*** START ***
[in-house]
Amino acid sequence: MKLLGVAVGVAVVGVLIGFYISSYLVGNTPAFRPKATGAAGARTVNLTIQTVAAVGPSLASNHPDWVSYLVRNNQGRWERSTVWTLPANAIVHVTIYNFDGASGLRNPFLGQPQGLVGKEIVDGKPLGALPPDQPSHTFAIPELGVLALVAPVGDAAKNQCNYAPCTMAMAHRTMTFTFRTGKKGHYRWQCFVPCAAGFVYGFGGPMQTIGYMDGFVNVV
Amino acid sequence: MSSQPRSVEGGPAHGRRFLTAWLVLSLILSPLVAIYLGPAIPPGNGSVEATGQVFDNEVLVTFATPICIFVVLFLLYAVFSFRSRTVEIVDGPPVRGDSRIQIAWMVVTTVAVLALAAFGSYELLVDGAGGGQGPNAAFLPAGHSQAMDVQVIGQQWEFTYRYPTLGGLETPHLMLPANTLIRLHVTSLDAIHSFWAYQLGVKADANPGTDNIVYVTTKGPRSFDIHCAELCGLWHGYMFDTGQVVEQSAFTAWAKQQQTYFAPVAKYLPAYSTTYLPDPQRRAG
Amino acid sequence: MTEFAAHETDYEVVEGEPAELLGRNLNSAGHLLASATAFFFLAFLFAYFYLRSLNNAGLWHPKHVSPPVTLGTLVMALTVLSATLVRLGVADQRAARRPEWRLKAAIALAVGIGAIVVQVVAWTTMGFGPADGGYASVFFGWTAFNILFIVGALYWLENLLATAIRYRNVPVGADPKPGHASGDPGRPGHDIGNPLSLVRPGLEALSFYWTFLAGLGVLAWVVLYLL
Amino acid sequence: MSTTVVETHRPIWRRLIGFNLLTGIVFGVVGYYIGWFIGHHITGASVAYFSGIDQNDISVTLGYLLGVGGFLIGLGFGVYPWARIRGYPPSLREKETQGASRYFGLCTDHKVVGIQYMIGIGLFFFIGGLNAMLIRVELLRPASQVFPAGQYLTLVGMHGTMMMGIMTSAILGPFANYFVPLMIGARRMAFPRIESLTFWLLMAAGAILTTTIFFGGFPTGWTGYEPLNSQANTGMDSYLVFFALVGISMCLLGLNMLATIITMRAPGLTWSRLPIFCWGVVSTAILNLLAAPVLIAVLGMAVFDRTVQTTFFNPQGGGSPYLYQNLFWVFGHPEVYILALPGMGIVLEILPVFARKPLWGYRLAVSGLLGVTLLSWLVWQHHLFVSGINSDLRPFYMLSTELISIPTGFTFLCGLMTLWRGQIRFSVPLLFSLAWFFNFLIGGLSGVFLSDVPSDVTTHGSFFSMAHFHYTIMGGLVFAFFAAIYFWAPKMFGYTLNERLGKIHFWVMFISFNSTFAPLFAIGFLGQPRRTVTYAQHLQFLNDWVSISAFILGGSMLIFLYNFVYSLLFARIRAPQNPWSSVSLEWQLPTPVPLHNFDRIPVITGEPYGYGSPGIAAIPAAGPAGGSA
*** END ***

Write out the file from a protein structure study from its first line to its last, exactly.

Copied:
[in-house]
Amino acid sequence: MKLLGVAVGVAVVGVLIGFYISSYLVGNTPAFRPKATGAAGARTVNLTIQTVAAVGPSLASNHPDWVSYLVRNNQGRWERSTVWTLPANAIVHVTIYNFDGASGLRNPFLGQPQGLVGKEIVDGKPLGALPPDQPSHTFAIPELGVLALVAPVGDAAKNQCNYAPCTMAMAHRTMTFTFRTGKKGHYRWQCFVPCAAGFVYGFGGPMQTIGYMDGFVNVV
Amino acid sequence: MSSQPRSVEGGPAHGRRFLTAWLVLSLILSPLVAIYLGPAIPPGNGSVEATGQVFDNEVLVTFATPICIFVVLFLLYAVFSFRSRTVEIVDGPPVRGDSRIQIAWMVVTTVAVLALAAFGSYELLVDGAGGGQGPNAAFLPAGHSQAMDVQVIGQQWEFTYRYPTLGGLETPHLMLPANTLIRLHVTSLDAIHSFWAYQLGVKADANPGTDNIVYVTTKGPRSFDIHCAELCGLWHGYMFDTGQVVEQSAFTAWAKQQQTYFAPVAKYLPAYSTTYLPDPQRRAG
Amino acid sequence: MTEFAAHETDYEVVEGEPAELLGRNLNSAGHLLASATAFFFLAFLFAYFYLRSLNNAGLWHPKHVSPPVTLGTLVMALTVLSATLVRLGVADQRAARRPEWRLKAAIALAVGIGAIVVQVVAWTTMGFGPADGGYASVFFGWTAFNILFIVGALYWLENLLATAIRYRNVPVGADPKPGHASGDPGRPGHDIGNPLSLVRPGLEALSFYWTFLAGLGVLAWVVLYLL
Amino acid sequence: MSTTVVETHRPIWRRLIGFNLLTGIVFGVVGYYIGWFIGHHITGASVAYFSGIDQNDISVTLGYLLGVGGFLIGLGFGVYPWARIRGYPPSLREKETQGASRYFGLCTDHKVVGIQYMIGIGLFFFIGGLNAMLIRVELLRPASQVFPAGQYLTLVGMHGTMMMGIMTSAILGPFANYFVPLMIGARRMAFPRIESLTFWLLMAAGAILTTTIFFGGFPTGWTGYEPLNSQANTGMDSYLVFFALVGISMCLLGLNMLATIITMRAPGLTWSRLPIFCWGVVSTAILNLLAAPVLIAVLGMAVFDRTVQTTFFNPQGGGSPYLYQNLFWVFGHPEVYILALPGMGIVLEILPVFARKPLWGYRLAVSGLLGVTLLSWLVWQHHLFVSGINSDLRPFYMLSTELISIPTGFTFLCGLMTLWRGQIRFSVPLLFSLAWFFNFLIGGLSGVFLSDVPSDVTTHGSFFSMAHFHYTIMGGLVFAFFAAIYFWAPKMFGYTLNERLGKIHFWVMFISFNSTFAPLFAIGFLGQPRRTVTYAQHLQFLNDWVSISAFILGGSMLIFLYNFVYSLLFARIRAPQNPWSSVSLEWQLPTPVPLHNFDRIPVITGEPYGYGSPGIAAIPAAGPAGGSA